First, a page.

Gmail Hack: A Route to Domain Theft?
From: Mashable.com November 23, 2008 – 5:03 pm PDT – by Paul Glazowski
Google’s Gmail service has lots prices of fans, but it may also be the cause of a number of domain name thefts in recent weeks.
Attacker Creates a Gmail Filter
According to a proof of concept by Geek Condition, there is a security flaw in Gmail that allows an attacker to forward GoDaddy account reset information to the offending party unbeknownst by the victim. This is done by creating a filter that forwards GoDaddy’s “change of password” mail to the attacker and deletes it from your inbox.
Such acts have been documented three times already this month.
How Your Account is Compromised
But surely in order to set up a Gmail filter and redirect your mail, the attacker needs your Gmail password? Not so, it would seem.
When setting up a filter for your mail, a request is sent to Google containing two key variables: a Unique Account Identifier, and a Session Authorization Key. The Unique Account Identifier never changes, and while the author of the proof declines to explain how it is obtained, he claims the answer can be found via a web search.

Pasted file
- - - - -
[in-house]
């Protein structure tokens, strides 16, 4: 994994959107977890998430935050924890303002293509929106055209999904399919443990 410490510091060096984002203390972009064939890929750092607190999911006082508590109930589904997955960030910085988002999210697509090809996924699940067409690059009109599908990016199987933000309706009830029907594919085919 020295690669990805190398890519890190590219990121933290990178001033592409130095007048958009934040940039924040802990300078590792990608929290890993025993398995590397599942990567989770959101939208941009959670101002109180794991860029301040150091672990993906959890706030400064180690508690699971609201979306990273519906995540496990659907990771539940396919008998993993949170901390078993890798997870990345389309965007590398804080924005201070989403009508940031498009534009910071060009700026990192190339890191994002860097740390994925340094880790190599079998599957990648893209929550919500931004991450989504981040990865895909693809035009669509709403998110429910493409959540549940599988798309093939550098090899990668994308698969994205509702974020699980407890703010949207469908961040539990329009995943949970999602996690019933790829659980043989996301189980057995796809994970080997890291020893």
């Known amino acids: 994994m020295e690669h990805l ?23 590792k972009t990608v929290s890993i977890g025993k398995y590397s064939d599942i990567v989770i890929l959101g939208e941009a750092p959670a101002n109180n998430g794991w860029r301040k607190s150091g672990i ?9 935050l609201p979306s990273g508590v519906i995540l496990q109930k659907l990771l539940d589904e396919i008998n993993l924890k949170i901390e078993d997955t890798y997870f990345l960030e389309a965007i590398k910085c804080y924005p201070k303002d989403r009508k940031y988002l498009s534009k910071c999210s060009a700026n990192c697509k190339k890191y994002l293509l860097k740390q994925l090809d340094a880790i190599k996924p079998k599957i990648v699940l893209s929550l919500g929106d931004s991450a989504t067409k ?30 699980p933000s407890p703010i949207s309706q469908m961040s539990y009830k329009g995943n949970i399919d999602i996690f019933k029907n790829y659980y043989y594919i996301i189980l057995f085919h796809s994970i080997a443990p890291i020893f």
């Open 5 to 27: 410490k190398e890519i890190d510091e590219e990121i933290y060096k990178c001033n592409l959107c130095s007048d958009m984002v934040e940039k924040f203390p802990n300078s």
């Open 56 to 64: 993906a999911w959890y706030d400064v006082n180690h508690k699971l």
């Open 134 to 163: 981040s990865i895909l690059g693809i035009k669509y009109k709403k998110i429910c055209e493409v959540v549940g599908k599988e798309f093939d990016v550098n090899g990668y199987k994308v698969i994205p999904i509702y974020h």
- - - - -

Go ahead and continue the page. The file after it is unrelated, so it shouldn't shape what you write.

Meanwhile, the Session Authorization Key is found by directing a Gmail user to a page containing a malicious script: this grabs the cookie “GMAIL_AT” which includes the Session Authorization key. Once obtained, the required variables are entered into a hidden iframe to create a filter on your account. And…voila…your password reset mails are now being sent elsewhere.
For Gmail users, Geek Condition suggests checking your Gmail account for filters you did not create, and (for Firefox users only) installing the NoScript addon.
The fix for Gmail? They might want to make the Session Authorization Key expire after every request, rather than every session.